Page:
Indeed, a spokesperson for the international LGBT group the Kaleidoscope Trust told Pink News at Saturday’s London demonstration that: “Certainly our feeling and the feeling of our [Russian] partners seems to be that it’s getting worse in the sense these laws add to a climate of fear and also work to justify a range of abuses against LGBT people. Our partners in Russia are recording an increase level of violence: both spontaneous violence but also quite disturbingly premeditated and arranged violence.”

6. German Officials Condemn Russian Treatment of Gay People

While several leaders have called out Russia’s anti-gay persecution, including President Obama and British Prime Minister David Cameron, Germany’s Development Minister Dirk Niebel has perhaps made the most forceful of comments when he told broadcaster N24 on Monday:

“We must make clear when in contact with Russian politicians that this collapse in fundamental democratic values is not acceptable, and that Russia is moving towards becoming a flawless dictatorship.”

7. NBC Issues Memo to LGBT Employees Traveling for Olympics

NBC, which will be broadcasting the Sochi 2014 Olympics, issued a memo to employees on Friday reassuring them that NBC will take steps to ensure their safety if they are attending the Winter Olympics.

NBC Universal’s Executive Vice President and Chief Diversity Officer Craig Robinson is quoted as saying that Russia’s propaganda law is “deeply troubling and diametrically opposed to everything that the Olympics symbolized.”

Exactly what these steps might entail remains to be seen.


So there you have it. The Russia Sochi 2014 controversy continues, as does the IOC’s virtual silence. You don’t need to wait for the IOC to take action, however.

Sochi 2014 sponsors have among them a number of companies that rely heavily on U.S. and European consumers. These sponsors include:

Coca-Cola, Atos, Dow, GEM, Omega, Panasonic, P&G, Samsung, and Visa.

These companies have power to affect change by standing up for Russia’s LGBT community. Urge them to do so: click here to sign the petition!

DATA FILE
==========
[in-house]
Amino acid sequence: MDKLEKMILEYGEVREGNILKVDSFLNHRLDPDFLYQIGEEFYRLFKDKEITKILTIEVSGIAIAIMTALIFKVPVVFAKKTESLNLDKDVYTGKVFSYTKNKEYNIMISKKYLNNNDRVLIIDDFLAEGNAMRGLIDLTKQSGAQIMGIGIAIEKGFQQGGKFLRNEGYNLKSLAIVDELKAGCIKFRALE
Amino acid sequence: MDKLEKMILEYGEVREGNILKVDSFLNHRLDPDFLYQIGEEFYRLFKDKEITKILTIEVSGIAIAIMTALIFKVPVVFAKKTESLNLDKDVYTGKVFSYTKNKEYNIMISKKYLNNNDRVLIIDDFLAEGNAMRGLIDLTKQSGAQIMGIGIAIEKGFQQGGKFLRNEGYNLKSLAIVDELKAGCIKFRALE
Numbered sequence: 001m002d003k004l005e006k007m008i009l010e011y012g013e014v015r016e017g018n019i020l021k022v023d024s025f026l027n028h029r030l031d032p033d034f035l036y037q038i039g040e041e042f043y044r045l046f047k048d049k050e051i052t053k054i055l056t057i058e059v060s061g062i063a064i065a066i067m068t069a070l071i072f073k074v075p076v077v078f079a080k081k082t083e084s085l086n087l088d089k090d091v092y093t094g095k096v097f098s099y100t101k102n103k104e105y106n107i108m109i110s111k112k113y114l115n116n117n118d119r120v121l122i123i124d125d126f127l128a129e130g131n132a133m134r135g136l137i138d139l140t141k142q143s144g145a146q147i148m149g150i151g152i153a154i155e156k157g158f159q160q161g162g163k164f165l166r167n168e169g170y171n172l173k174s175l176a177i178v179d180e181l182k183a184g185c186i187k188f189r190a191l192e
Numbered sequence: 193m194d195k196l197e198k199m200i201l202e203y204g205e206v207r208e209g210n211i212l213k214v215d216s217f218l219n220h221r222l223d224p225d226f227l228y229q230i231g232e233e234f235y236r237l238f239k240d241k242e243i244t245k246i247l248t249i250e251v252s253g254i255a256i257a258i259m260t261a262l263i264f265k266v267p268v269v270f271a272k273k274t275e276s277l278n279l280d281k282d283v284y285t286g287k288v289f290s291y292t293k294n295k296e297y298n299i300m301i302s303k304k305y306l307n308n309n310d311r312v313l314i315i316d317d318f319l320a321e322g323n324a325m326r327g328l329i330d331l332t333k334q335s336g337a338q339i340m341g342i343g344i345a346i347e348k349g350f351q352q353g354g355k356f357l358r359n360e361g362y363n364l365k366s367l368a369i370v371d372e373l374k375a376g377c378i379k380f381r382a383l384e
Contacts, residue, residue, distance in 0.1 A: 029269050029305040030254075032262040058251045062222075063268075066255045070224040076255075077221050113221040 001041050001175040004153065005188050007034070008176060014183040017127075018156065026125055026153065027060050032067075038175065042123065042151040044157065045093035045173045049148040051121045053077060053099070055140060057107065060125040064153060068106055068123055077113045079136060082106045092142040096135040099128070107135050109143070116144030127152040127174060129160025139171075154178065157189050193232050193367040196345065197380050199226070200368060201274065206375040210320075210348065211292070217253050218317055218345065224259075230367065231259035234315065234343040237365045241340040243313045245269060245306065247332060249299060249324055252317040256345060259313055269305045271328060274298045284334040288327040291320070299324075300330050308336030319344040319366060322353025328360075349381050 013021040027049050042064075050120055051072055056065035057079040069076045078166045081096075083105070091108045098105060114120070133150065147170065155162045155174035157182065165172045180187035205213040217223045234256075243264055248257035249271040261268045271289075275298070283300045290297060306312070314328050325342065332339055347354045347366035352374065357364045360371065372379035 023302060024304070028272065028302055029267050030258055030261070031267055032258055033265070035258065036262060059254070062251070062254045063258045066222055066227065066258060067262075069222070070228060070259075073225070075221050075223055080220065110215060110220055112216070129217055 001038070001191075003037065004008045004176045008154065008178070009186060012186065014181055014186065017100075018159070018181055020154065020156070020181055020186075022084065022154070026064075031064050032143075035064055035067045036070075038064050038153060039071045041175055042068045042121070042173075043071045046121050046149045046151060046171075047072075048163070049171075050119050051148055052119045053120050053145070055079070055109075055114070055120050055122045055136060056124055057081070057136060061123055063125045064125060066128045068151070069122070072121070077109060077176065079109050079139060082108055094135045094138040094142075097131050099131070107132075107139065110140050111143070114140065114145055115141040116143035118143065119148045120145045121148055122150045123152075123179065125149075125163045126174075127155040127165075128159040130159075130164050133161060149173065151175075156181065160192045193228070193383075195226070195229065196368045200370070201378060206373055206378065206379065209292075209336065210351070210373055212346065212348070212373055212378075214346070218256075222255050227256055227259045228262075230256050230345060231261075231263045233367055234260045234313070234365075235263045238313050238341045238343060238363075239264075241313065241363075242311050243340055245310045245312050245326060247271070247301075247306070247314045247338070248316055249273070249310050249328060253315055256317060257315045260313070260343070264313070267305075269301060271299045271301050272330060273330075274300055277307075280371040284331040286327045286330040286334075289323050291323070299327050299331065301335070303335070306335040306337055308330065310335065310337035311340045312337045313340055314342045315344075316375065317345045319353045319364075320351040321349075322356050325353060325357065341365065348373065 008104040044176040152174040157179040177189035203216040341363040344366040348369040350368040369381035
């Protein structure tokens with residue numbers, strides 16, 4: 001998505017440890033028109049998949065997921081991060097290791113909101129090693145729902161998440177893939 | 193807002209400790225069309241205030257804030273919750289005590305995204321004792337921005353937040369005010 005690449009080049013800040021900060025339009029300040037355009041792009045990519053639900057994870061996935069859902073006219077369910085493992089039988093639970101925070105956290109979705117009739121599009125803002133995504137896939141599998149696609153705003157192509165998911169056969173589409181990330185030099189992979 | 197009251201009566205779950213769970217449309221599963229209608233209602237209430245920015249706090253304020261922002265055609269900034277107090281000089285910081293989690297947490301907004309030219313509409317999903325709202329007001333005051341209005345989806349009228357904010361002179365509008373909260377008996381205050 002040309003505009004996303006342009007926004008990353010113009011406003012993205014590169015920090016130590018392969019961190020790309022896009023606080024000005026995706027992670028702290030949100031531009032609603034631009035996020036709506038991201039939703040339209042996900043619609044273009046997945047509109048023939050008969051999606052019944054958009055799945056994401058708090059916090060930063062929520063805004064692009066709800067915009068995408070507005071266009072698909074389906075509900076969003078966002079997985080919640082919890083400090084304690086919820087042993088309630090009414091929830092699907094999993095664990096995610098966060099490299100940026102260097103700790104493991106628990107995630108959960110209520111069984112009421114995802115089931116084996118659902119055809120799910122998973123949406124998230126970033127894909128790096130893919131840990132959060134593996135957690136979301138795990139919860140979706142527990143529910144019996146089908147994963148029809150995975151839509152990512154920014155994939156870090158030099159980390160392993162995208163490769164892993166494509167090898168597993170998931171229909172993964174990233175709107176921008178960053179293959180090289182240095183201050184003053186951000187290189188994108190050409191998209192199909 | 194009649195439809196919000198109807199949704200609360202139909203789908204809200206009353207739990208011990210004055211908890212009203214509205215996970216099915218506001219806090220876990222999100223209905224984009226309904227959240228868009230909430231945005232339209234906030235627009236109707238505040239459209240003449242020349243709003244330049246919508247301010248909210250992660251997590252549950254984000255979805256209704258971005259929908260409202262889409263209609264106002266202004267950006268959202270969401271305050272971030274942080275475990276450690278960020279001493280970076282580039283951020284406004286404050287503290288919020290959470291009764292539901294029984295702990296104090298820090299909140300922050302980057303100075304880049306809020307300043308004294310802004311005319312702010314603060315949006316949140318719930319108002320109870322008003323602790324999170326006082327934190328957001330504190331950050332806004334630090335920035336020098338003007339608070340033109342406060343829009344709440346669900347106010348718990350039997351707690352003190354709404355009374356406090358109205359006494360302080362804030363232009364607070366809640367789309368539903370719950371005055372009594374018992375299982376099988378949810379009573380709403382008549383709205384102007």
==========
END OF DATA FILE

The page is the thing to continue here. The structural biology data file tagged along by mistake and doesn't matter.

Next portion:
Image credit: Valya V.

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Kathy Perez
Kathy Johnson2 years ago

some of the comments here are disheartening. i hope thousands boycott watching/attending this time

Julia Troitskaia
Julia Troitskaia2 years ago

In Russia not only gay men do not like. In Russia and other nations do not like. All "other" do not like.

Julia Troitskaia
Julia Troitskaia2 years ago

Russia with the subject of gays in the whole world was dishonored.

Ashley D.
Ashley D.2 years ago

Further to my last: check out the LGBT's aggressive behaviour in the UK before condemning Russia, as bad as her human rights situation is. In case you're wondering I would NOT condone any violent action towards homosexuals.

Ashley D.
Ashley D.2 years ago

Respectfully: check the sometimes aggressive propaganda that the LGBT perpetuates in the UK,eg attacking a van that was used to promote traditional marriage and the rights of children to a mum & dad.

Jack Stroud
Jack Stroud2 years ago

The way I see it the Russians are saying to the LGBTs to stay in the closet when you go to Russia.. no need to tell everybody you are a gay; no need to propagandize your sexually confused gender orientation to anyone and most importantly to minors.. and stay contained in your closet..
that's what's the Russian law is about.. and it makes lots of sense: -"you can be gay but I don't want to know about it. so stay in your closet"- -that's what they say..

GGma Sheila D.
GGmaSheila D.2 years ago

Signed on August 9, 2013. Don't kid yourselves - the IOC is very aware of everything going on and all the possible consequences. They just don't think Putin will allow any Olympic athlete(s) to come to harm...Right. Olympic Figure Skater Johnny Weir says he's going and will not be in the closet...I've never seen him in the closet - well, maybe a room-sized closet.
I send prayers with him because this is going to get worse befoe it ever (?) gets better.

The IOC should make better ecurity arrangements because blood will spill.

Freespirit R.
Theresa R.2 years ago

Thanks for sharing. the games should be relocated.

Jean Anne Lewis
Jean Anne Lewis2 years ago

Closed-Minded People, Need To Keep Their Mouths Closed!

Jade N.
Jade N.2 years ago

this is terrible thanks